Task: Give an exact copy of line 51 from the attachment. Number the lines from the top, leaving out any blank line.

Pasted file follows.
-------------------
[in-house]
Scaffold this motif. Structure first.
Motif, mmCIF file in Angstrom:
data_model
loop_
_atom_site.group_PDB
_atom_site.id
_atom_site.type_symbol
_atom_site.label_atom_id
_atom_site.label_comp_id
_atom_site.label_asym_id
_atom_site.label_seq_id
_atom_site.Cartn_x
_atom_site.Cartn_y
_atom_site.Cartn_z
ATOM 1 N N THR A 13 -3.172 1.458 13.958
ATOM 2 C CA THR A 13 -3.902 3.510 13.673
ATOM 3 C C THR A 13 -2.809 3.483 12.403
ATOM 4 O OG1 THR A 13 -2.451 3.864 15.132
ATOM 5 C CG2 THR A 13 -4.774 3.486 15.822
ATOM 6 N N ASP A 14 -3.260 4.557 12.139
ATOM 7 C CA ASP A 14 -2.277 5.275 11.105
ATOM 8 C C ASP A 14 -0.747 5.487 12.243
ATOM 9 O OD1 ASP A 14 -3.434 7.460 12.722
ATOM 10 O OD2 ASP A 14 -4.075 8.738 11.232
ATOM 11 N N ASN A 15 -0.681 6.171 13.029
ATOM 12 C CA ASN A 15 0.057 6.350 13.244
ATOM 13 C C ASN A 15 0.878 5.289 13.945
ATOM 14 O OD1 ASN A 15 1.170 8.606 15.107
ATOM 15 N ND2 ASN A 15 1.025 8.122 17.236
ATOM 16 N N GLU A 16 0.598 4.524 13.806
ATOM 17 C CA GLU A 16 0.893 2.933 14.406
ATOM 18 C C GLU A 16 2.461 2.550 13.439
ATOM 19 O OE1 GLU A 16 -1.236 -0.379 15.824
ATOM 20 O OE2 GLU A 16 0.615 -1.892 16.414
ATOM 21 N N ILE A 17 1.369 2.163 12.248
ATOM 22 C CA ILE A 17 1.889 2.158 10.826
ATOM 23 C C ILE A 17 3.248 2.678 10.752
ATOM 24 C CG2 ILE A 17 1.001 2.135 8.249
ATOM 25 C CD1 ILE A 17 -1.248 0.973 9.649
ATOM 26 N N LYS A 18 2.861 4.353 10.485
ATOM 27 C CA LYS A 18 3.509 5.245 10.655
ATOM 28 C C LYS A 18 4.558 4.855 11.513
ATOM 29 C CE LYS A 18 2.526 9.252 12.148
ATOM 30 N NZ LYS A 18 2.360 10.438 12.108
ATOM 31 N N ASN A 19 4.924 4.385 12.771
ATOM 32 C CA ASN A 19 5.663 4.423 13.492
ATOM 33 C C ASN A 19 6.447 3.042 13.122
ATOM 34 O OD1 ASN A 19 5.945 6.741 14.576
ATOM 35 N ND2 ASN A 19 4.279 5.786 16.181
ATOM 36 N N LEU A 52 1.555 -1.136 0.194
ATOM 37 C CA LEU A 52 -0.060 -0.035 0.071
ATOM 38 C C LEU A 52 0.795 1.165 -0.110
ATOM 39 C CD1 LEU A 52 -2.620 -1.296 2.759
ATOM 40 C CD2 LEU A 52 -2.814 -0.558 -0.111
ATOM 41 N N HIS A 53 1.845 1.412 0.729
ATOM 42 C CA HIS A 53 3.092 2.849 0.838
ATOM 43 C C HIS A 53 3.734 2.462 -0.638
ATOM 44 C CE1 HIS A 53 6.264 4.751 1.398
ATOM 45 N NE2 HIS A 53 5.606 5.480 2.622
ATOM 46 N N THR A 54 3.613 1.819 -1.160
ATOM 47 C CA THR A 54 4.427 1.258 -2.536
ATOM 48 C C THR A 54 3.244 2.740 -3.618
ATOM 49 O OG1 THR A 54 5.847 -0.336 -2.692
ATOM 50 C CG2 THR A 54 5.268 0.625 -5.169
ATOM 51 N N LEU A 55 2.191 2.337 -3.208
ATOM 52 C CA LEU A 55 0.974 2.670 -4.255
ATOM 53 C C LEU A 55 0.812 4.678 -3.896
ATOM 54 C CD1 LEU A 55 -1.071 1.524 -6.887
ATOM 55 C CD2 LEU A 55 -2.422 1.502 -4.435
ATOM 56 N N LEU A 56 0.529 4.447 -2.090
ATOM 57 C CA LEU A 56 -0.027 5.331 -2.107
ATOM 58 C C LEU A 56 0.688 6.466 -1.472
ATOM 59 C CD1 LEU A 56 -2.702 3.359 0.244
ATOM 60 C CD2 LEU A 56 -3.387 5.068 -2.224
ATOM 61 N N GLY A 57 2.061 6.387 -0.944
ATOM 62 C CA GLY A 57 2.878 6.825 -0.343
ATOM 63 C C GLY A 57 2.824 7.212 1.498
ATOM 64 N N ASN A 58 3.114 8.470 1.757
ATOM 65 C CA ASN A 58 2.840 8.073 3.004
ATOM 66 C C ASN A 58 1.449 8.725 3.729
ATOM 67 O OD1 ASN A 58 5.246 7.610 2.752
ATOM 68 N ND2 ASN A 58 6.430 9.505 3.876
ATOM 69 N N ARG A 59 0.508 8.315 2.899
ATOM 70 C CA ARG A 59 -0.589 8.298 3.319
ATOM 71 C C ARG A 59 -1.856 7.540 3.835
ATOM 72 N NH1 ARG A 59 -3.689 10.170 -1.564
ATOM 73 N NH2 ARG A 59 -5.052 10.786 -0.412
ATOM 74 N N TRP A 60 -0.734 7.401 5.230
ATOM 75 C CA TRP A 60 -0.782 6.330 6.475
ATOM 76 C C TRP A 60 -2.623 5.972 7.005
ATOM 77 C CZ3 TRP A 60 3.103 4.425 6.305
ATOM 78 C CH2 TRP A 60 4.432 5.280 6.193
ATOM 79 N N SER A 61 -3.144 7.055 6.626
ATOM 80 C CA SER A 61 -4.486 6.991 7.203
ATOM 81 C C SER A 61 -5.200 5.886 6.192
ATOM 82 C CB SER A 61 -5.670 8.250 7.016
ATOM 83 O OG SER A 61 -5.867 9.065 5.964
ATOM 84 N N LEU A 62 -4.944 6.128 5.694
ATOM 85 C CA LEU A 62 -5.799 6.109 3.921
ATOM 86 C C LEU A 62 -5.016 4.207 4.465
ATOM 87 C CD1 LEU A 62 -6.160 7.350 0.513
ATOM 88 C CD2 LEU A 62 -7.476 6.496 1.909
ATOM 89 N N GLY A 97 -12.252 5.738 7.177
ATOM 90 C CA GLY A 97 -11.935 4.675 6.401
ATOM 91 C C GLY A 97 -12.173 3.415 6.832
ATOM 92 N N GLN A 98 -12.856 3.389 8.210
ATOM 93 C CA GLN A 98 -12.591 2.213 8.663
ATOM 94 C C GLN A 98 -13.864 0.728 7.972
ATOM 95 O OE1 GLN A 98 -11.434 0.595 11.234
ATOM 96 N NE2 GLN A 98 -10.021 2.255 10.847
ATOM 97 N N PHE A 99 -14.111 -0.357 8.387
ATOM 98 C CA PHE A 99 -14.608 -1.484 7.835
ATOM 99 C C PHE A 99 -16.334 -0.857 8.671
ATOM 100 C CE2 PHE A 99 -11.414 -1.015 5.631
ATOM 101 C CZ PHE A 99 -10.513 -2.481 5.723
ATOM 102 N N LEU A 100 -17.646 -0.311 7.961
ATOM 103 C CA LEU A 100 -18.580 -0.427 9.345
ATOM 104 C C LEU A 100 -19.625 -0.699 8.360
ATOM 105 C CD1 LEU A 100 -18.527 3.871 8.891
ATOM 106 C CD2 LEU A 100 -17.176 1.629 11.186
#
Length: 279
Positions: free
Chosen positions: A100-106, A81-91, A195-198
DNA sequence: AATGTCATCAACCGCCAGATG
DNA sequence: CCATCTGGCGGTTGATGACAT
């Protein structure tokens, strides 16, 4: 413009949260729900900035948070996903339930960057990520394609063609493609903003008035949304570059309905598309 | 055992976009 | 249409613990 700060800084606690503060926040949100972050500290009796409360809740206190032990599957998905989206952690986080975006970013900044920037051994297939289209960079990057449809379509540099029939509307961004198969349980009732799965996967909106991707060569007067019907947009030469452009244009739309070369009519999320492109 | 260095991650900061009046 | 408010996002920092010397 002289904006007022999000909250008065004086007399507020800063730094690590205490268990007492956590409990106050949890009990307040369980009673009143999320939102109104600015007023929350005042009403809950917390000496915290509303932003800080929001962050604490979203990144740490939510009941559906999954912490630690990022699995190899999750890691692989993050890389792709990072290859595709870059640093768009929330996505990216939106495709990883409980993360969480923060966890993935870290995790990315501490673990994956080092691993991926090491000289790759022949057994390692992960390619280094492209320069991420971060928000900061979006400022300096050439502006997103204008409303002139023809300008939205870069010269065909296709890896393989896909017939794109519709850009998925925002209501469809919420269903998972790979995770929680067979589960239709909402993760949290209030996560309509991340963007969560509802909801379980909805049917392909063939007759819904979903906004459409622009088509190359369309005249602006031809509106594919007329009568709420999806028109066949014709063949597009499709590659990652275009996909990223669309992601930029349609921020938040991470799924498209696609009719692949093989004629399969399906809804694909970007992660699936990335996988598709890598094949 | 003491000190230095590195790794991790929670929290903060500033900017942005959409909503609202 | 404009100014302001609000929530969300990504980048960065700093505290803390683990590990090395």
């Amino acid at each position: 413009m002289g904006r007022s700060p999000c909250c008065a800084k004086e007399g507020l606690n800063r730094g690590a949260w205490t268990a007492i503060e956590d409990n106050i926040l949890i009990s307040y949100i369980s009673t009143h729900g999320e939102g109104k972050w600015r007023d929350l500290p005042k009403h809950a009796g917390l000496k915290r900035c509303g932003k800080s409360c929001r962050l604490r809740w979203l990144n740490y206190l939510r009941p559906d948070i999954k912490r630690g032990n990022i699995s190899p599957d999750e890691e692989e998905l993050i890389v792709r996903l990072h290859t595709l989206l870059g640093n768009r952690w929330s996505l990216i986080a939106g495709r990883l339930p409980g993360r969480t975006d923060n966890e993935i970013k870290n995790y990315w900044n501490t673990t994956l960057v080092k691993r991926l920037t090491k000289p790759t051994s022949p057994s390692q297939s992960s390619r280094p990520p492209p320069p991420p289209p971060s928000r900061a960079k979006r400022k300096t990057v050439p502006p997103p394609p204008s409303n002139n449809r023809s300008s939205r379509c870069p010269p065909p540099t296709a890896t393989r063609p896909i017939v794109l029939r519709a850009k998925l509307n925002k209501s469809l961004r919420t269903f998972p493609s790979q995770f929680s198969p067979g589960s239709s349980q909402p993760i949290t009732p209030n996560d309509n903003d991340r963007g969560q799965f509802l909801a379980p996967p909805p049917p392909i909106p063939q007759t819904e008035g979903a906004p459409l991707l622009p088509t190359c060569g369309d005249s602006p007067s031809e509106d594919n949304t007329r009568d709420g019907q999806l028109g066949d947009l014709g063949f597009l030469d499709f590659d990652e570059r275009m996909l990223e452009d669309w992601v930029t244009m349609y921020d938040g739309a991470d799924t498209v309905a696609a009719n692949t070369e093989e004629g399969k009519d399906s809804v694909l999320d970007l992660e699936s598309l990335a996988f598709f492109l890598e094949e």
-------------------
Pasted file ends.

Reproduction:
ATOM 36 N N LEU A 52 1.555 -1.136 0.194